This week, we are dealing with the two following questions:
1. Recently we got a complaint about 6 mm clear toughened glasses that were installed as hotel windows. The complaint was about a rainbow effect all over the areas. Can you help us – what is the root cause of this?
2. I’m running a PRISMASOLAR profiled glass and the structure of the glass is very deep. The glass always comes out sad, bending towards the structure on the top. How should I correct the problem?
For this week’s questions, see our full video response below! As always, remember to learn, share and succeed!
This rainbow effect is called anisotropy. And every tempered glass has this kind of image. You can see this image with polarized filter e.g. sunglasses or sometimes even with naked eyes with certain light and conditions. With new tempering technologies like full convection you have tools to control and minimize the effect.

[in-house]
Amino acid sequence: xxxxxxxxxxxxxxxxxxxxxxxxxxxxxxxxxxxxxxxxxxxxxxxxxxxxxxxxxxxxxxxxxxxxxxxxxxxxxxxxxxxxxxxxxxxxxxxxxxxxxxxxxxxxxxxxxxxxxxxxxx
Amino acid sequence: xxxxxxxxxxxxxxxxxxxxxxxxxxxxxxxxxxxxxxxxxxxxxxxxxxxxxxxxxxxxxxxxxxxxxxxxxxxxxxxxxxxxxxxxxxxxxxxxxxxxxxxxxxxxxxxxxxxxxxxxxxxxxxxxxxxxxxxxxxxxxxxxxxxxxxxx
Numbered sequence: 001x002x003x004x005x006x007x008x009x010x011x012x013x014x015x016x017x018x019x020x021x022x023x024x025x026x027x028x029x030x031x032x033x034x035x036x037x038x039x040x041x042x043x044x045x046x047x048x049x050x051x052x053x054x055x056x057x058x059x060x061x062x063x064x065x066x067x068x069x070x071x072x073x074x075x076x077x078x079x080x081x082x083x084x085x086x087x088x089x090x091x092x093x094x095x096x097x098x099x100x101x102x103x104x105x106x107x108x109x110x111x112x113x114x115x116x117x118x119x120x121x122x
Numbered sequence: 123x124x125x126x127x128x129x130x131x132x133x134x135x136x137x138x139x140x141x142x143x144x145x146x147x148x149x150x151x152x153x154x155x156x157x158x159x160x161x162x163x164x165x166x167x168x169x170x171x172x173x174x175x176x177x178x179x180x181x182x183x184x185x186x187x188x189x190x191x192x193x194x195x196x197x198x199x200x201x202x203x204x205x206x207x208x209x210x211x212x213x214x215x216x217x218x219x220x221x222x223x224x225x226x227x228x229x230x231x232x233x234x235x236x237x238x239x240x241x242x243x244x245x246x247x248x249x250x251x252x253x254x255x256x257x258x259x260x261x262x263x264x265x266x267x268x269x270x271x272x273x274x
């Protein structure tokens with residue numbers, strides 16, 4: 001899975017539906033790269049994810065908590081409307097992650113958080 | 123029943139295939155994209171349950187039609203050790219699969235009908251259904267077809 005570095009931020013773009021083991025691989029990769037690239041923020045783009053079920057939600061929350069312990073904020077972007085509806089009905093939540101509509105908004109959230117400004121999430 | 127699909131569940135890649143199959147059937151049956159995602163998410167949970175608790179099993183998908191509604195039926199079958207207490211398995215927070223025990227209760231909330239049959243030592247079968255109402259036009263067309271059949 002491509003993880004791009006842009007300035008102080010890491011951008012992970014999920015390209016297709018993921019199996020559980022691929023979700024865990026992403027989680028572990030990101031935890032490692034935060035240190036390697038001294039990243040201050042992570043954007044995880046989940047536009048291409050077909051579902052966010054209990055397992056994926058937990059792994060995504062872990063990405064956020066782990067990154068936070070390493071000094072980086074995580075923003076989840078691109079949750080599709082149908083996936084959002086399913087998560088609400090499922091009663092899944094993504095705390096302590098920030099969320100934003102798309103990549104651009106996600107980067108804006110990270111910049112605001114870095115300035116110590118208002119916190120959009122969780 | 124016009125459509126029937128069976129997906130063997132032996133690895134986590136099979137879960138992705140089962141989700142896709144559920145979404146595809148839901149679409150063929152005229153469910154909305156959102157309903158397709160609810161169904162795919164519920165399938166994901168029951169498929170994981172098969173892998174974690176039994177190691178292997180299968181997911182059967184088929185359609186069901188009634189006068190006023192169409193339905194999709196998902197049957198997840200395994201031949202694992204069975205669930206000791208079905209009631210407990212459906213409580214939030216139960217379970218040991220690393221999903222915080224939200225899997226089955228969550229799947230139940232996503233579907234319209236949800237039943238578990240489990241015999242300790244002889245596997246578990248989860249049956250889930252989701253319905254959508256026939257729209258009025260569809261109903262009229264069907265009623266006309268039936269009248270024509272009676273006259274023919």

This is a very challenging glass type. The challenge comes because there’s such a big difference between the surface area of the glass on top and on bottom. In this particular type of glass you have a lot more surface on top area, so that means that in the heating the top area absorbs the heating more – the more you have surface the more glass absorbs the heat. The same happens in cooling side but vice versa. You have much more surface area on top than on bottom so it also absorbs cooling more in the quench. If you’re running with very normal, standard settings it means that very easily your glasses will come out sad. So, to correct the situation start with the quench and adjust the air balance between the top and bottom pressure by increasing the bottom pressure. That’s the first thing and then you can also look into the furnace and look that the glass goes nicely into the furnace and adjust the heating settings if needed.
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